According to new research from Baylor University published in the journal Geophysical Research Letters, a mysterious large mass of material has been found beneath the most massive crater in the solar system - the South Pole-Aitken basin of the Moon - and may contain metal from the asteroid that crashed into the Moon and formed the crater.

The assistant professor of planetary geophysics in Baylor's College of Arts and Science, and also the leader of the research, Peter B.James, Ph.D., noted that imagine taking a pile of metal five times larger than the Big Island of Hawaii and burying it underground. That's roughly how much-unexpected mass they detected.

Oval in shape, the crater is as broad as 2,000 kilometers, roughly the distance between Waco, Texas, and Washington, D.C., and several miles deep. It is not possible to see it from Earth despite its size and because it is on the far side of the Moon.

For the researchers to measure subtle changes in the strength of gravity around the Moon, they analyzed data from spacecraft used for the National Aeronautics and Space Administration (NASA) Gravity Recovery and Interior Laboratory (GRAIL) mission.

According to James, when they combined that with lunar topography data from the Lunar Reconnaissance Orbiter, they found the unexpectedly large amount of mass hundreds of miles underneath the South Pole-Aitken basin. He explained further that one of the explanations of this extra mass is that the metal from the asteroid that formed this crater is still embedded in the mantle of the Moon.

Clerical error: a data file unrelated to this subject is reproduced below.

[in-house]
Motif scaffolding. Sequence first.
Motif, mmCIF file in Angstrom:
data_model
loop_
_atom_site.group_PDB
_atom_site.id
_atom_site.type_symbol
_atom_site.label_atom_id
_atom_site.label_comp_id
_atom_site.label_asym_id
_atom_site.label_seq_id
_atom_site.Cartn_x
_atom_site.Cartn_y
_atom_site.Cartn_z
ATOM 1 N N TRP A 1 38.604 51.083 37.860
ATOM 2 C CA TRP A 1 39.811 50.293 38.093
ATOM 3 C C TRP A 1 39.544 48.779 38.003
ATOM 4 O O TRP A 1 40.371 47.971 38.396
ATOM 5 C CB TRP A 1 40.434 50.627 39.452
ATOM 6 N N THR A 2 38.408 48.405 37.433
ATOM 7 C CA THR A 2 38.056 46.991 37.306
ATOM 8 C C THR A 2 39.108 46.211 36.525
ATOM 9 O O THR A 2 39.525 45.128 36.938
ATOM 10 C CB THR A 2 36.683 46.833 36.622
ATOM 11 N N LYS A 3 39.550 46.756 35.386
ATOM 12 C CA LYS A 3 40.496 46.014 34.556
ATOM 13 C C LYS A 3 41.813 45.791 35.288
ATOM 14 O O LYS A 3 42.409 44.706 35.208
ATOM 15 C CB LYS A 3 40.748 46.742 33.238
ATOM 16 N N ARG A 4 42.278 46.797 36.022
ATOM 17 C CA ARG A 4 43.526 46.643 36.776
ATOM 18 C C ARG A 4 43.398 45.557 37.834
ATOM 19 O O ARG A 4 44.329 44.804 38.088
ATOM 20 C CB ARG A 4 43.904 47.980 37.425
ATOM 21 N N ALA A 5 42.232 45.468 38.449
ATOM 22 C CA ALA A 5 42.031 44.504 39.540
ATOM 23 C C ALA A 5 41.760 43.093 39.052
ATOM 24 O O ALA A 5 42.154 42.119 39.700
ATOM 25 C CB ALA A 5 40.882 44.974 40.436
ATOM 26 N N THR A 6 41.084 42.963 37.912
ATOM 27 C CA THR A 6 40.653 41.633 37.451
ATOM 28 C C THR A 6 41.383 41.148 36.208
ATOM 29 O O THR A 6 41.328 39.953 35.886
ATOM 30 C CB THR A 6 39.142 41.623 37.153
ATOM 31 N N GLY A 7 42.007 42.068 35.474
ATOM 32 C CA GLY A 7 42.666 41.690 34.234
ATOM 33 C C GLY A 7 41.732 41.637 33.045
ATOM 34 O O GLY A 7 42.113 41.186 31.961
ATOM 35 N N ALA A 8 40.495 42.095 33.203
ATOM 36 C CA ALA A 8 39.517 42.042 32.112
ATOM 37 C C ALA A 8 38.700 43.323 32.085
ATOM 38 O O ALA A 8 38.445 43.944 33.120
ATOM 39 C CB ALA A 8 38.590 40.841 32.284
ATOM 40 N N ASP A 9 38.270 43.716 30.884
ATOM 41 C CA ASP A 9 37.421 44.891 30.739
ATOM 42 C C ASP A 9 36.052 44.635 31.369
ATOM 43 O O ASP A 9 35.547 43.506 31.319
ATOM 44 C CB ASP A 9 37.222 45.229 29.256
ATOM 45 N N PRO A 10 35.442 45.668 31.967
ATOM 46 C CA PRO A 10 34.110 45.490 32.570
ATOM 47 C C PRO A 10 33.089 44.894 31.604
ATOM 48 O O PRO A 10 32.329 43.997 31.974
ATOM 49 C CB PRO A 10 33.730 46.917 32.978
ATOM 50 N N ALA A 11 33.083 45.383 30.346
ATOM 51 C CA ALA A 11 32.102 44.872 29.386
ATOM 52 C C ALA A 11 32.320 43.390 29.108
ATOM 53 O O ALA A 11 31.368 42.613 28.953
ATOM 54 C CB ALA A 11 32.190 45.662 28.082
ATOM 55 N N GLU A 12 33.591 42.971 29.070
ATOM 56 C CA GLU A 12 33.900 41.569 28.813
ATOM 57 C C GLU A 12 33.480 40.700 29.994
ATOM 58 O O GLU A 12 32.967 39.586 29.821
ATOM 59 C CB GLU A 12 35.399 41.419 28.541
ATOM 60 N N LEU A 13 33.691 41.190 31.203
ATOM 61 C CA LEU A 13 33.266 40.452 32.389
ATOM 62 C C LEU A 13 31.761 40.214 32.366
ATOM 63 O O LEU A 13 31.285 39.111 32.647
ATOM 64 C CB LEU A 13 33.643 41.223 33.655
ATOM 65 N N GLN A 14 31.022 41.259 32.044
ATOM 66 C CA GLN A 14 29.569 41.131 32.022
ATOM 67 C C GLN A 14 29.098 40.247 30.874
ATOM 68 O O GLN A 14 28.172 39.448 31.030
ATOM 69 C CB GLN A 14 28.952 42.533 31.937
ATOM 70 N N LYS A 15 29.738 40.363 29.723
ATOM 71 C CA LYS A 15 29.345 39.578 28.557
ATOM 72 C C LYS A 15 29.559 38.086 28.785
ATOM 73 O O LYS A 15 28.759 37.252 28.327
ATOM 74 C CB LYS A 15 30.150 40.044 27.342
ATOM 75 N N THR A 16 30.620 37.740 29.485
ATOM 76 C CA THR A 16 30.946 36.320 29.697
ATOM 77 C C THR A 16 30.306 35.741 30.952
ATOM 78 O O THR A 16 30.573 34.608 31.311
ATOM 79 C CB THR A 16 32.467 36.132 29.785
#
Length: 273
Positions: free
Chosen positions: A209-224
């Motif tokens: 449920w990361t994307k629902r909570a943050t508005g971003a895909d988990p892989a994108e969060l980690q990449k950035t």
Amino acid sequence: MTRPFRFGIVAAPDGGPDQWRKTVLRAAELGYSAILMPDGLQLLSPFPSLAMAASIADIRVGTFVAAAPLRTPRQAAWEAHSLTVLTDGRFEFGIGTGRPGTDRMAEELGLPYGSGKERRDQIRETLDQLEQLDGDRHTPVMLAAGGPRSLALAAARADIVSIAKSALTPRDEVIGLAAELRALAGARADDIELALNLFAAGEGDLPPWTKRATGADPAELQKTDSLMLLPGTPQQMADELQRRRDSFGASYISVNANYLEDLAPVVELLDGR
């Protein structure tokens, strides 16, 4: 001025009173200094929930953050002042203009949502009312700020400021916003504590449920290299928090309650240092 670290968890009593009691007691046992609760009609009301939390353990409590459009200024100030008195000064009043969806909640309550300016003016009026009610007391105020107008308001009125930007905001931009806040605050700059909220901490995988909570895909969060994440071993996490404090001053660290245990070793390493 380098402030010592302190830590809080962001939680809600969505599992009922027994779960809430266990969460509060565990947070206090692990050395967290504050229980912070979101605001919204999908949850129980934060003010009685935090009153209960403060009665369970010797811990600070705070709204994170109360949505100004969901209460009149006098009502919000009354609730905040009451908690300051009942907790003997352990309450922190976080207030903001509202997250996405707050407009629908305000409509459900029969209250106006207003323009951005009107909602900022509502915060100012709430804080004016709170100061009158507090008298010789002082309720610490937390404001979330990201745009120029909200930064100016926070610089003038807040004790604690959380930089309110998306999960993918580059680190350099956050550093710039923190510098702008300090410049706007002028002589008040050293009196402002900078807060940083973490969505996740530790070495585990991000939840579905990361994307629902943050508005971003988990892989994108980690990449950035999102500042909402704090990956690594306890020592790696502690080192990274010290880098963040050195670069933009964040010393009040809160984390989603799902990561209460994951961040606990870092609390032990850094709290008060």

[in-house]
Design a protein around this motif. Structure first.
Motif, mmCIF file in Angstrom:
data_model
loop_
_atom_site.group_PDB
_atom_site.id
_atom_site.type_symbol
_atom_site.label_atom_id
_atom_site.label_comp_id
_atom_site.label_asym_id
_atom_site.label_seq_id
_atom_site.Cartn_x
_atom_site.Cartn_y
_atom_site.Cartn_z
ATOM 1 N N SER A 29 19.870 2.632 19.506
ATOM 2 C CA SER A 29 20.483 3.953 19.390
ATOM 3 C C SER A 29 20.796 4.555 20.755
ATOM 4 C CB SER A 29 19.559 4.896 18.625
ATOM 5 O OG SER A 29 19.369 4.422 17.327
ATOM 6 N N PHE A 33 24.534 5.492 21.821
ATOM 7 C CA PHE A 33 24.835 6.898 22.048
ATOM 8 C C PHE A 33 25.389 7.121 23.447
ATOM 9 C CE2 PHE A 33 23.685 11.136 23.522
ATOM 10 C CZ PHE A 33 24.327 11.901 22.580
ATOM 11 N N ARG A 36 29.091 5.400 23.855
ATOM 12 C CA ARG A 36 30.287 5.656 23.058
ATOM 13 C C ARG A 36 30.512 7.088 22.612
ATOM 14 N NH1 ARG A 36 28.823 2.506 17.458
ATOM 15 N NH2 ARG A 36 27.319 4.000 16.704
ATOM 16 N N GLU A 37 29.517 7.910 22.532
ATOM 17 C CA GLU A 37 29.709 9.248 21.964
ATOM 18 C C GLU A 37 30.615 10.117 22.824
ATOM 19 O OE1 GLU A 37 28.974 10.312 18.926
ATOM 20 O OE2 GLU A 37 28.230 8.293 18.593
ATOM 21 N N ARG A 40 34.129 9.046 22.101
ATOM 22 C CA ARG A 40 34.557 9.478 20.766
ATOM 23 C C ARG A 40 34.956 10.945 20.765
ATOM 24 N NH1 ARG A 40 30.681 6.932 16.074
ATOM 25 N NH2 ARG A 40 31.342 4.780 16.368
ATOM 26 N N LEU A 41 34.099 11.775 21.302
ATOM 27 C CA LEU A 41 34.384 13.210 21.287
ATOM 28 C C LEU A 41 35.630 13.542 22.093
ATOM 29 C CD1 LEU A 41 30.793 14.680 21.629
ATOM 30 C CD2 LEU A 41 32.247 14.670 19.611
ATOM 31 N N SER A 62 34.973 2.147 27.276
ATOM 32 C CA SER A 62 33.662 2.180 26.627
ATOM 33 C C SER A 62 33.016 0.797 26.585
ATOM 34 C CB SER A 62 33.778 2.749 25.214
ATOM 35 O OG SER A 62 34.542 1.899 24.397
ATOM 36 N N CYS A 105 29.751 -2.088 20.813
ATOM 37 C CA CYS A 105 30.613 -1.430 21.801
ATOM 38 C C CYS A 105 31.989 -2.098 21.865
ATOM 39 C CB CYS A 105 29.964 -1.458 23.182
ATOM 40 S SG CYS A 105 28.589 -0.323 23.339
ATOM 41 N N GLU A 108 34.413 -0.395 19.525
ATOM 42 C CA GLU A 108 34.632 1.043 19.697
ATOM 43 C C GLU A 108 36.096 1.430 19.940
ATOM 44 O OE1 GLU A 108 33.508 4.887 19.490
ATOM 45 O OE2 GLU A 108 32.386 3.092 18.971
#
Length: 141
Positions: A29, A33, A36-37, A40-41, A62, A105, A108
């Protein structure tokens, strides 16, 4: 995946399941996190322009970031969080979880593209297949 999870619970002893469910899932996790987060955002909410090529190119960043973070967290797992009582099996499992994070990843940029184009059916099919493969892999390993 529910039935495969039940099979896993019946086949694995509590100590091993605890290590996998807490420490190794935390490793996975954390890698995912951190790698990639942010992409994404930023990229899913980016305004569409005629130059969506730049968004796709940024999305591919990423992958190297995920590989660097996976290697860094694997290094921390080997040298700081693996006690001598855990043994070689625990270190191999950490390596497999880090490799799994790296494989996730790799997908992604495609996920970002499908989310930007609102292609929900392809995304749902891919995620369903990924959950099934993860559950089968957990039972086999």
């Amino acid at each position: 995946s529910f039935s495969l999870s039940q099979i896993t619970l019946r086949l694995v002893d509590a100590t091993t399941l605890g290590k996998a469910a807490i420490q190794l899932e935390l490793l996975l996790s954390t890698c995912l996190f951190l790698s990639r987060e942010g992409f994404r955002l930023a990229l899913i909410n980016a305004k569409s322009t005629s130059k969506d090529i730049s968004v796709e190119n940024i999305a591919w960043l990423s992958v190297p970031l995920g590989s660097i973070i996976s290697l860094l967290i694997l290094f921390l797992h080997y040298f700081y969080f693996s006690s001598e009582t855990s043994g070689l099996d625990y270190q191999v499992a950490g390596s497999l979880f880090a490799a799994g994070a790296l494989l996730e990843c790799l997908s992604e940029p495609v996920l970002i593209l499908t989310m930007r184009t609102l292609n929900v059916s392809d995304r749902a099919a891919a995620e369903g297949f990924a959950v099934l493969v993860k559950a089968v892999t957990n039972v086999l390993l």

James noted that whatever it is and wherever it came from, the dense mass is weighing the basin floor downward by more than half a mile. Computer simulations of significant asteroid impacts suggest that, under the right conditions, an iron-nickel core of an asteroid may be dispersed into the upper mantle (the layer between the Moon's crust and core) during an impact.

James explained that they did the math and revealed that a sufficient dispersed core of the asteroid that made the impact could remain suspended in the Moon's mantle until the present day, rather than sinking to the Moon's core. Another possibility could be the enormous mass that might be a concentration of dense oxides connected with the last stage of lunar magma ocean solidification.

The South Pole-Aitken basin, believed to have been created about 4 billion years ago, is the most massive preserved crater in the solar system, according to James. While more substantial impacts may have occurred throughout the solar system, including on Earth, most traces of those have been lost. He concluded that the basin is one of the best natural laboratories for studying catastrophic impact events, an ancient process that shaped all of the rocky planets and moons we see in the present day.